Under the Khmer Rouge, many films were irretrievably destroyed, many filmmakers murdered or forced to flee. From the 1980’s onwards, only foreign productions were shown in Cambodia. Cambodian films were only made very sporadically during this time, while foreign directors and producers discovered Cambodia as a subject. The most famous film of this time is The Killing Fields, in which the fate of the journalist Dith Pran is told. Its actor Haing S. Ngor was the only Cambodian to win an Oscar for best supporting actor in 1985.
It wasn’t until the 1990’s that the scene slowly began to revitalize. The fruits are now visible again, and some Cambodian filmmakers have made a name for themselves internationally: In the multi-award-winning documentary Enemies of the People from 2009, the background to the crimes of the Khmer Rouge is illuminated, in which the journalist Thet Sambath the former ” Brother number 2 “Nuon Chea interviewed. After Rithy Panh, who received an Oscar nomination for his film The Missing Image in 2014, Angelina Jolie also recently dealt with recent Cambodian history.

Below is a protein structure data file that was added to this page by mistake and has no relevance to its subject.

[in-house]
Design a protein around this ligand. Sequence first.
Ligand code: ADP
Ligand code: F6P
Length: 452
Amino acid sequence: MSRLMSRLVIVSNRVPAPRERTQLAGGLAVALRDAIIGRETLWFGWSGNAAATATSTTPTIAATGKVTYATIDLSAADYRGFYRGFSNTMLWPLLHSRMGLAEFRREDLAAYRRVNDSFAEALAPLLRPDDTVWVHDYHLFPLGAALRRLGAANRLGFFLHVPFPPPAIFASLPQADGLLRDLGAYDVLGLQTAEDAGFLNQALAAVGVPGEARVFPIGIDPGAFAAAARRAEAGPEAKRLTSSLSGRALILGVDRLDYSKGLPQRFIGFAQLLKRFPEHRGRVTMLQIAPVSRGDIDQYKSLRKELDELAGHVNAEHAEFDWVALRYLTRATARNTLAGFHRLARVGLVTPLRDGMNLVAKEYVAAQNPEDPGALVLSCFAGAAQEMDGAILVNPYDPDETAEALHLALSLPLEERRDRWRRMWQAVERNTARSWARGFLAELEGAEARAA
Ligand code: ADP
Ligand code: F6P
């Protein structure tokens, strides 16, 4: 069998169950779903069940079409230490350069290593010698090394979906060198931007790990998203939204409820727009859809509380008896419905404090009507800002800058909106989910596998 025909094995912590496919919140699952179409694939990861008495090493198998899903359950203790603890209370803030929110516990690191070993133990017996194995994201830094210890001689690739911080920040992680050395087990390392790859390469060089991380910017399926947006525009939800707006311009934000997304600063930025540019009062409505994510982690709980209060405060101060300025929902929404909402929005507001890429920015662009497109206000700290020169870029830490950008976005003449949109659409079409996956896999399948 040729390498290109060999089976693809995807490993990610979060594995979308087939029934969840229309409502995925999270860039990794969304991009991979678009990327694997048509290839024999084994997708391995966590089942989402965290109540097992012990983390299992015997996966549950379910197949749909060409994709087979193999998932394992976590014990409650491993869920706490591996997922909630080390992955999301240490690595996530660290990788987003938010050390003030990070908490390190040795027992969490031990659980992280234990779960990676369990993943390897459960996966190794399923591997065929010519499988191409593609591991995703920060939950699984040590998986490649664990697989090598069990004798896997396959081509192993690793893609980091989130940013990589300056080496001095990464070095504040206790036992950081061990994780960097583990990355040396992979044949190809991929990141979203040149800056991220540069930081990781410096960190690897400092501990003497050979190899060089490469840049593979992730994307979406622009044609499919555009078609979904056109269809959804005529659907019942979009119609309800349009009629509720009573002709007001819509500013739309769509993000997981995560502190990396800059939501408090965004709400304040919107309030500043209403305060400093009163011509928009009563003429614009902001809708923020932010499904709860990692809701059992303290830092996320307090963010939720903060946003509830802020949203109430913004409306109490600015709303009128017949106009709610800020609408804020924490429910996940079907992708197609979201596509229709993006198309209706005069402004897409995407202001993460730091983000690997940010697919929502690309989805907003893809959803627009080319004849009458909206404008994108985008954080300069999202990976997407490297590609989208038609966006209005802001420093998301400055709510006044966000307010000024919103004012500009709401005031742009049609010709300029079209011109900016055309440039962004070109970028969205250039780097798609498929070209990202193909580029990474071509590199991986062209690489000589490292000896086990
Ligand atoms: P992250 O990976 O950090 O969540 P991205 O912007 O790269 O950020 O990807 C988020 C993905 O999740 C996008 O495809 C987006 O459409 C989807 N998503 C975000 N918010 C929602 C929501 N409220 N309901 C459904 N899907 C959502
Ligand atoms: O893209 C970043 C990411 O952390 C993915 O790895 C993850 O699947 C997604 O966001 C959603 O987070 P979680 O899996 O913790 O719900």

In addition, many young filmmakers have also established themselves, whose potential has become known beyond the Cambodian national borders. For many, the German-Cambodian cultural center Meta House in Phnom Penh, where their films are broadcast regularly, is an important point of contact. The international film festival, which took place for the eighth time in 2018, would like to build on the old glamor of Cambodian cinema.